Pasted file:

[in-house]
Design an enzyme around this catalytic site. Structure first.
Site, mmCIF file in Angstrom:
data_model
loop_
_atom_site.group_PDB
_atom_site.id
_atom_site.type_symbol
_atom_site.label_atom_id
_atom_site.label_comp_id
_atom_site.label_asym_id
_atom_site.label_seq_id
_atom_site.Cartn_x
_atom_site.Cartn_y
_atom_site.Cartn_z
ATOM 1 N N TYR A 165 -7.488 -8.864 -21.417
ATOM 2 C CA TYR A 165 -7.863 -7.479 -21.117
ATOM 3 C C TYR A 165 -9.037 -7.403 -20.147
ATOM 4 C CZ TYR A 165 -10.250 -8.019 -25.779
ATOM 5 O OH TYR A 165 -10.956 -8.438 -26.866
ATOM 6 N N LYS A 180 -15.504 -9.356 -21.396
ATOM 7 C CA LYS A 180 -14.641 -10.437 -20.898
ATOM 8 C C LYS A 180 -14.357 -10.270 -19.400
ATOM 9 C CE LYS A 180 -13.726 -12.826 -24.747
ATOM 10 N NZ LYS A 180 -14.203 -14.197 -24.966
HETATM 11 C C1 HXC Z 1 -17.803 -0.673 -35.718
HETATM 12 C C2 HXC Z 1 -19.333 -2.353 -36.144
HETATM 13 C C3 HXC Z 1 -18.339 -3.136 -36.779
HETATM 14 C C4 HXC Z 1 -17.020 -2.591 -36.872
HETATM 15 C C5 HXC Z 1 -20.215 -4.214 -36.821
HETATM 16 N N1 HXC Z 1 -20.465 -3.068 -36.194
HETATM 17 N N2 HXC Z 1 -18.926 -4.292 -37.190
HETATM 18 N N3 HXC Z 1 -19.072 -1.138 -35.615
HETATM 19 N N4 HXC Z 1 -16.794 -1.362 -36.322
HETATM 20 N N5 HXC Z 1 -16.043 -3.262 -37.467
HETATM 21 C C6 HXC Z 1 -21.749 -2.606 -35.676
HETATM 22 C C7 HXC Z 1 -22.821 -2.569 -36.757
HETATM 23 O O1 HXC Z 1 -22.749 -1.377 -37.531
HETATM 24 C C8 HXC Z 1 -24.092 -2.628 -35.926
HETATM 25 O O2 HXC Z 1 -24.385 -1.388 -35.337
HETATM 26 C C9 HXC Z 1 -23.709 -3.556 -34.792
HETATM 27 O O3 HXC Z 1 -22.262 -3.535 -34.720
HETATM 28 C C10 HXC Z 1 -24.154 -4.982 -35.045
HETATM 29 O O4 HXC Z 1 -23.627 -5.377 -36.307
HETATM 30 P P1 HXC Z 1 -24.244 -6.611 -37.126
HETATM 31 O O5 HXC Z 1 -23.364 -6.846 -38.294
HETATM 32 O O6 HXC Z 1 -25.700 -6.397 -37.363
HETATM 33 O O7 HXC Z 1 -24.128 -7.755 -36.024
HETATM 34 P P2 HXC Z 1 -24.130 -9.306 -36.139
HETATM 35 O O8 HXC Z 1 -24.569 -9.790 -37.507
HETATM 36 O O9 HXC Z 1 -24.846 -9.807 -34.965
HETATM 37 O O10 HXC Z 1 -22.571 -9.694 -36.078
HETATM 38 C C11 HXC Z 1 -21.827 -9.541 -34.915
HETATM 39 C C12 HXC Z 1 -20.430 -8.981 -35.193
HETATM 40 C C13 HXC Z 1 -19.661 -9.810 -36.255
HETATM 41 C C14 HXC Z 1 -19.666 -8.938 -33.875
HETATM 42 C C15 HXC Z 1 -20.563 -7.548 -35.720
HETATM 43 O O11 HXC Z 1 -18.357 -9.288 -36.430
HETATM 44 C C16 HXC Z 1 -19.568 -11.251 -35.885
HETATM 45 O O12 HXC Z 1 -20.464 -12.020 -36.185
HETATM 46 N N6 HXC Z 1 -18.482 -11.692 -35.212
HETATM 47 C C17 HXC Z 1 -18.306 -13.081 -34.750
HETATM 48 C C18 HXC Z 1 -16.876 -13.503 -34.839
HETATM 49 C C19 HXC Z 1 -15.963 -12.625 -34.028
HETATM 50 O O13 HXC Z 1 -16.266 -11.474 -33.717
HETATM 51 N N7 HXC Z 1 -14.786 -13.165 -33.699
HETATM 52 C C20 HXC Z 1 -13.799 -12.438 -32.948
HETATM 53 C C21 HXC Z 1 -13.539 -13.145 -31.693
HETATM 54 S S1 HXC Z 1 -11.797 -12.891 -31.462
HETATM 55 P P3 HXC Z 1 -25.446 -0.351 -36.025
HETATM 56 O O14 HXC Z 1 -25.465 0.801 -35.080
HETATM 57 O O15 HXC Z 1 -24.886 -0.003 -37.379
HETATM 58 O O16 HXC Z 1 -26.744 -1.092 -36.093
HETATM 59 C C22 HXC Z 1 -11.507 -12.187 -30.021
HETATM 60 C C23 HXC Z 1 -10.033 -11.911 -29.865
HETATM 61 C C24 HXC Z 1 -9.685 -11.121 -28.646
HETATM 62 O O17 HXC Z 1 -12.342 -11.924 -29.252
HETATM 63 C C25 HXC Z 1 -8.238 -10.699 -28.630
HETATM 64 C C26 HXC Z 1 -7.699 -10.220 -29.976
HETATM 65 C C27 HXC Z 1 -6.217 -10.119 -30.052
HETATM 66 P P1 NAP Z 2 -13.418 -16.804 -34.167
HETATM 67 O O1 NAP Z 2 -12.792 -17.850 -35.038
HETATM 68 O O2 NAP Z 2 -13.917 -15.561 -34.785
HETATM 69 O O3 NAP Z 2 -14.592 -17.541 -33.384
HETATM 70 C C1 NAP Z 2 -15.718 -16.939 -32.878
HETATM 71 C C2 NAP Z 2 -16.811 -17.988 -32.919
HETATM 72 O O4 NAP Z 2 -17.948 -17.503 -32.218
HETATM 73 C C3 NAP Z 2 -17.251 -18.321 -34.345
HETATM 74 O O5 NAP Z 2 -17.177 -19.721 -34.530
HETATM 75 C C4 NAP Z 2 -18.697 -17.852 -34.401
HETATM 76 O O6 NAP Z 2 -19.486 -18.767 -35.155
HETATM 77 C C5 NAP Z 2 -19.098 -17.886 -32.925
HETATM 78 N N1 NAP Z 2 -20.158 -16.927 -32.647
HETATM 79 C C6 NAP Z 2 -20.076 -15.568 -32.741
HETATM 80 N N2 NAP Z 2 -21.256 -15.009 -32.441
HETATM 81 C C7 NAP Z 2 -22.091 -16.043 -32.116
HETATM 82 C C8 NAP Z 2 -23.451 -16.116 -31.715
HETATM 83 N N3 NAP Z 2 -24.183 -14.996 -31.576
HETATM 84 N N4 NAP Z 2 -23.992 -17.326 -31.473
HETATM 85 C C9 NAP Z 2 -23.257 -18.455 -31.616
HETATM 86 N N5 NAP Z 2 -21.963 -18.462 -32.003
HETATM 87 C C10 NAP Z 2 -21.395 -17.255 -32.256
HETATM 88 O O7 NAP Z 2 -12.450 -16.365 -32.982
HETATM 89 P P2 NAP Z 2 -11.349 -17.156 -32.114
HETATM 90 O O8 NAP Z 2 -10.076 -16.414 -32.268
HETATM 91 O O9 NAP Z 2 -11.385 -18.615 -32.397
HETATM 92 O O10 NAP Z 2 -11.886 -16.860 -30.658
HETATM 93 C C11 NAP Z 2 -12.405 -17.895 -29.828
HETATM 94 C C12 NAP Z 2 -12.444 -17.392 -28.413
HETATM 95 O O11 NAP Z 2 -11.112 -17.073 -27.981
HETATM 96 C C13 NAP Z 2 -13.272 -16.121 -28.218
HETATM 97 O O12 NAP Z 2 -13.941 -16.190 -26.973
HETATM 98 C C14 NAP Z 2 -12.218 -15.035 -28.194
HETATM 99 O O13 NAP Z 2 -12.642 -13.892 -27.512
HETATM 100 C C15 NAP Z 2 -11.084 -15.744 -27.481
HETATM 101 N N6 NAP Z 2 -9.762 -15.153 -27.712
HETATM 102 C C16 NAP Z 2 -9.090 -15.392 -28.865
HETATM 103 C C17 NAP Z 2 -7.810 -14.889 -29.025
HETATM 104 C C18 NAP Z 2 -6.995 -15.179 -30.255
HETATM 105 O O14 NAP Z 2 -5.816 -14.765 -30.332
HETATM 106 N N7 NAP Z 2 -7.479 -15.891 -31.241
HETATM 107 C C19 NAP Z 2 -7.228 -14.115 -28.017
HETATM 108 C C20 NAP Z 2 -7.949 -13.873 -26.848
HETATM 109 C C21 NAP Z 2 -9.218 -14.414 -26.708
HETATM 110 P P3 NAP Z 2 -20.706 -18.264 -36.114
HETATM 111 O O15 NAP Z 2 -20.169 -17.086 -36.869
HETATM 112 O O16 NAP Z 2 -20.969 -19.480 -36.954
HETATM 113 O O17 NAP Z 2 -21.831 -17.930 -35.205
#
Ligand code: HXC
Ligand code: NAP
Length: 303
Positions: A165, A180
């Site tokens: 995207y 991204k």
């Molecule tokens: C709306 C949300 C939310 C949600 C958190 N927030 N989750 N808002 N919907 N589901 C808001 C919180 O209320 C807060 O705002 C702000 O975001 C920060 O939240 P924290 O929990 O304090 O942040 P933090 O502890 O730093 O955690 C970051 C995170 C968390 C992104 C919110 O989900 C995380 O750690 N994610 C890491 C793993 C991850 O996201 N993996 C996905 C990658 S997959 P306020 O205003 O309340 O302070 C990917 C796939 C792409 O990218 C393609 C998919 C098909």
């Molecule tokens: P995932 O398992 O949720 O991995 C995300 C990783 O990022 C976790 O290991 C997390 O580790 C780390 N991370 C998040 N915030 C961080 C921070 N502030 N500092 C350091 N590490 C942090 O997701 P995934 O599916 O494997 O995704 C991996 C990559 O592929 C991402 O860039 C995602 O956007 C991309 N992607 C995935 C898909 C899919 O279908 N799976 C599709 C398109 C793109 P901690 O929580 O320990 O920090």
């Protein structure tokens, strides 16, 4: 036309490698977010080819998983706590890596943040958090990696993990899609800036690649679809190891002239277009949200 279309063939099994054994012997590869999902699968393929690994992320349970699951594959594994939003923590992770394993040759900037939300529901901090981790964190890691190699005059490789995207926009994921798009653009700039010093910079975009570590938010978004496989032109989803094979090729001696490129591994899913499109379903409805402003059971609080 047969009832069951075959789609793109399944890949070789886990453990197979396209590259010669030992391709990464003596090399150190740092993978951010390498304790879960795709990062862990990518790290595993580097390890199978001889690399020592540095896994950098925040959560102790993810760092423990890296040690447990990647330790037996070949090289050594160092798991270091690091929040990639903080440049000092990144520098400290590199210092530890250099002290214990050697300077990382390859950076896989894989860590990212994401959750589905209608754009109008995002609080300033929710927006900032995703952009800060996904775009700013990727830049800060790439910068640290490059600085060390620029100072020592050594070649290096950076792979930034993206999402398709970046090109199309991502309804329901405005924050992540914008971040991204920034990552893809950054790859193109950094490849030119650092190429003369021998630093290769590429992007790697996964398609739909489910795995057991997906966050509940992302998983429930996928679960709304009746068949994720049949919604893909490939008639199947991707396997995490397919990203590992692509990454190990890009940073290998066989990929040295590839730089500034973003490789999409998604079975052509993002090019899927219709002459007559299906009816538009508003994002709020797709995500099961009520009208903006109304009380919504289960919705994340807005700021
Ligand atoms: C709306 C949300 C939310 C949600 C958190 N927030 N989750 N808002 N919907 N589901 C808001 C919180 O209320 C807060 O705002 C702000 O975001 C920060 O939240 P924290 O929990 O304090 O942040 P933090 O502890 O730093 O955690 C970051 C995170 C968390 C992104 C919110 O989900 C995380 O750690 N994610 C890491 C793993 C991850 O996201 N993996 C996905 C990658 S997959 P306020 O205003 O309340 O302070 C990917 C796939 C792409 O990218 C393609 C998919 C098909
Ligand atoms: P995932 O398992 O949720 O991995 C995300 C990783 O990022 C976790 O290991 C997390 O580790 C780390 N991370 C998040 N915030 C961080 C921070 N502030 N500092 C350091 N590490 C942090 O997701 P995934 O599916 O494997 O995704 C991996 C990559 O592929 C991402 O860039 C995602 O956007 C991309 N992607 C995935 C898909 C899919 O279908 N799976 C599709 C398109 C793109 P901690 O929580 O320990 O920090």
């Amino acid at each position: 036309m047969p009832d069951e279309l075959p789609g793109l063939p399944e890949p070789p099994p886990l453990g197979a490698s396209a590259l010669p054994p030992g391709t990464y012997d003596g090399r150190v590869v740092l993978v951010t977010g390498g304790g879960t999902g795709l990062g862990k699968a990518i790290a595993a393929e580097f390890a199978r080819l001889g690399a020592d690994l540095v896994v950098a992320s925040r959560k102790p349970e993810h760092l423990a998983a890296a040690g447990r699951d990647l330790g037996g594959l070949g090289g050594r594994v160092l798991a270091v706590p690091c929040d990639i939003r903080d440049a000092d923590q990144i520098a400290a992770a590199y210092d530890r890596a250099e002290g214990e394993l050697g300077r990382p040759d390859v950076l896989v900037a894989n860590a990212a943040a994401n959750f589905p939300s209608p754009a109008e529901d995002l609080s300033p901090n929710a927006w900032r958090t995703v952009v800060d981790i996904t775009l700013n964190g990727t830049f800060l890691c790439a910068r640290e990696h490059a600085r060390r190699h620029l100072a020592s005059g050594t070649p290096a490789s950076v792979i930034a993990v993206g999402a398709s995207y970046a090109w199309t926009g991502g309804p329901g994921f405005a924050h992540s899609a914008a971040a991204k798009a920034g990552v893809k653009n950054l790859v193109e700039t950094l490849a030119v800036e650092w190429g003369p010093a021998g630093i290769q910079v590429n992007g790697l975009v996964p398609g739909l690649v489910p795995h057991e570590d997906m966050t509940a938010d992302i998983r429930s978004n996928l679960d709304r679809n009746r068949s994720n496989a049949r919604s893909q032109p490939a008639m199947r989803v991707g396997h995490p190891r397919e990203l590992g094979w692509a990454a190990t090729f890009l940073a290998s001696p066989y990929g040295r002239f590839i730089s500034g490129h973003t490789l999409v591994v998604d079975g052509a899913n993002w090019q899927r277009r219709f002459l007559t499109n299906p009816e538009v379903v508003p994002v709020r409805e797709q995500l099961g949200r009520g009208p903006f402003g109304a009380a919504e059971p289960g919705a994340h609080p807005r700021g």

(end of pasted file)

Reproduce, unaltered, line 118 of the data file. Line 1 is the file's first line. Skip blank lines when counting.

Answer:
HETATM 103 C C17 NAP Z 2 -7.810 -14.889 -29.025